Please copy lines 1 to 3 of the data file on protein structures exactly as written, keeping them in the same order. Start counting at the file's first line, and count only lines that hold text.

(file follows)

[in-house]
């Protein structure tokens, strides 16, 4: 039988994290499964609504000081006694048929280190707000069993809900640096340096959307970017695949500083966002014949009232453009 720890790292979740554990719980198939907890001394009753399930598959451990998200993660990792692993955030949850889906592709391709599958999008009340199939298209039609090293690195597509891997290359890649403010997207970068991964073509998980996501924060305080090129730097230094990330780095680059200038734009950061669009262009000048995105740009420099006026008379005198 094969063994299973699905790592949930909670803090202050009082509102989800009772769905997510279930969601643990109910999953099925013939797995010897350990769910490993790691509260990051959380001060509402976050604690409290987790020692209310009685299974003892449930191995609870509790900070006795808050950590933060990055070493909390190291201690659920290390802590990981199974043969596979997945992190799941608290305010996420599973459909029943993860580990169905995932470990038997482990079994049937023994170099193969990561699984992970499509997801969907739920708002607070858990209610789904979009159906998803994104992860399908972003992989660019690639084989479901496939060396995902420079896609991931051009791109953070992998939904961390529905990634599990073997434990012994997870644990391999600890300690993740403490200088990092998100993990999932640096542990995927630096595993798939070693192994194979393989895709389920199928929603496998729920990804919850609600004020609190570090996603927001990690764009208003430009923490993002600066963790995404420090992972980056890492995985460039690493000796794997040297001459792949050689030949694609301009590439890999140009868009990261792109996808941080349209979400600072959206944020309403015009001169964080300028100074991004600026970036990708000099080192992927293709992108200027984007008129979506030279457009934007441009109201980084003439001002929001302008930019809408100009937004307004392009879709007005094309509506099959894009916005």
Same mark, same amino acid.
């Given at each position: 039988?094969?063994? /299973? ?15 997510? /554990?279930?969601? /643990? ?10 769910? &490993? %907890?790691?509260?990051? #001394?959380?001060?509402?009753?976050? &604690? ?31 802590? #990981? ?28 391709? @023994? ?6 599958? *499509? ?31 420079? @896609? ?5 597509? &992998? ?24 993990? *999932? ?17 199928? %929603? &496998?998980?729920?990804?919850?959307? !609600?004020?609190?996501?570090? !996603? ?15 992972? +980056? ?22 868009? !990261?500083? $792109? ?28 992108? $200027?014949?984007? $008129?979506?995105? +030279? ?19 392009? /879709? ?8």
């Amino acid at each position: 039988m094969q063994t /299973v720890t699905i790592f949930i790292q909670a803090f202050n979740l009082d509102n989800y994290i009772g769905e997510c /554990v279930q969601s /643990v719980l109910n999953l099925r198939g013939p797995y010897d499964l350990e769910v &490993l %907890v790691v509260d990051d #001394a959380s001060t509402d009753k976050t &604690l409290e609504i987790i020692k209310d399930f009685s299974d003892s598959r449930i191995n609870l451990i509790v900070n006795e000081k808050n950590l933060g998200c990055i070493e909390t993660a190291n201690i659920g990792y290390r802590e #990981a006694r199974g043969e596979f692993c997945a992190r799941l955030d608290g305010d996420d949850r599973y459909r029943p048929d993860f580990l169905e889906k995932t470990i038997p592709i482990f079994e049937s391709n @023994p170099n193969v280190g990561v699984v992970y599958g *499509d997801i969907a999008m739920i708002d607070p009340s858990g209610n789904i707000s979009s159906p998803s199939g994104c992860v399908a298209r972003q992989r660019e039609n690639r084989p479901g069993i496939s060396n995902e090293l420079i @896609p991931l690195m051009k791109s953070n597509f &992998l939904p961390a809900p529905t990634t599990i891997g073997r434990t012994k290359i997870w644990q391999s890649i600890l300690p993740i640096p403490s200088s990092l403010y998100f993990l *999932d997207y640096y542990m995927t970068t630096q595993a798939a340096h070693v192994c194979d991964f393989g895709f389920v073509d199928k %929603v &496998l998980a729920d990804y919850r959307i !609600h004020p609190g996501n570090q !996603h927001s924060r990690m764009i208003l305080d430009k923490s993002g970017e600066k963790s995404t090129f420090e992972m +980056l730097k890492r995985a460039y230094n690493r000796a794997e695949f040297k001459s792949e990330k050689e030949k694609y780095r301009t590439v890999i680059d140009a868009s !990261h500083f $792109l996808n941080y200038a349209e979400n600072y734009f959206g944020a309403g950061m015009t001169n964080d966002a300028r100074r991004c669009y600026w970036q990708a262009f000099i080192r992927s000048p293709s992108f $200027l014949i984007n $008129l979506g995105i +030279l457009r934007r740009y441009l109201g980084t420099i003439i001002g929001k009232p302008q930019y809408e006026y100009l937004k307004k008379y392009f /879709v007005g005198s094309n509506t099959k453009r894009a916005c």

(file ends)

[in-house]
């Protein structure tokens, strides 16, 4: 039988994290499964609504000081006694048929280190707000069993809900640096340096959307970017695949500083966002014949009232453009 720890790292979740554990719980198939907890001394009753399930598959451990998200993660990792692993955030949850889906592709391709599958999008009340199939298209039609090293690195597509891997290359890649403010997207970068991964073509998980996501924060305080090129730097230094990330780095680059200038734009950061669009262009000048995105740009420099006026008379005198 094969063994299973699905790592949930909670803090202050009082509102989800009772769905997510279930969601643990109910999953099925013939797995010897350990769910490993790691509260990051959380001060509402976050604690409290987790020692209310009685299974003892449930191995609870509790900070006795808050950590933060990055070493909390190291201690659920290390802590990981199974043969596979997945992190799941608290305010996420599973459909029943993860580990169905995932470990038997482990079994049937023994170099193969990561699984992970499509997801969907739920708002607070858990209610789904979009159906998803994104992860399908972003992989660019690639084989479901496939060396995902420079896609991931051009791109953070992998939904961390529905990634599990073997434990012994997870644990391999600890300690993740403490200088990092998100993990999932640096542990995927630096595993798939070693192994194979393989895709389920199928929603496998729920990804919850609600004020609190570090996603927001990690764009208003430009923490993002600066963790995404420090992972980056890492995985460039690493000796794997040297001459792949050689030949694609301009590439890999140009868009990261792109996808941080349209979400600072959206944020309403015009001169964080300028100074991004600026970036990708000099080192992927293709992108200027984007008129979506030279457009934007441009109201980084003439001002929001302008930019809408100009937004307004392009879709007005094309509506099959894009916005």
Same mark, same amino acid.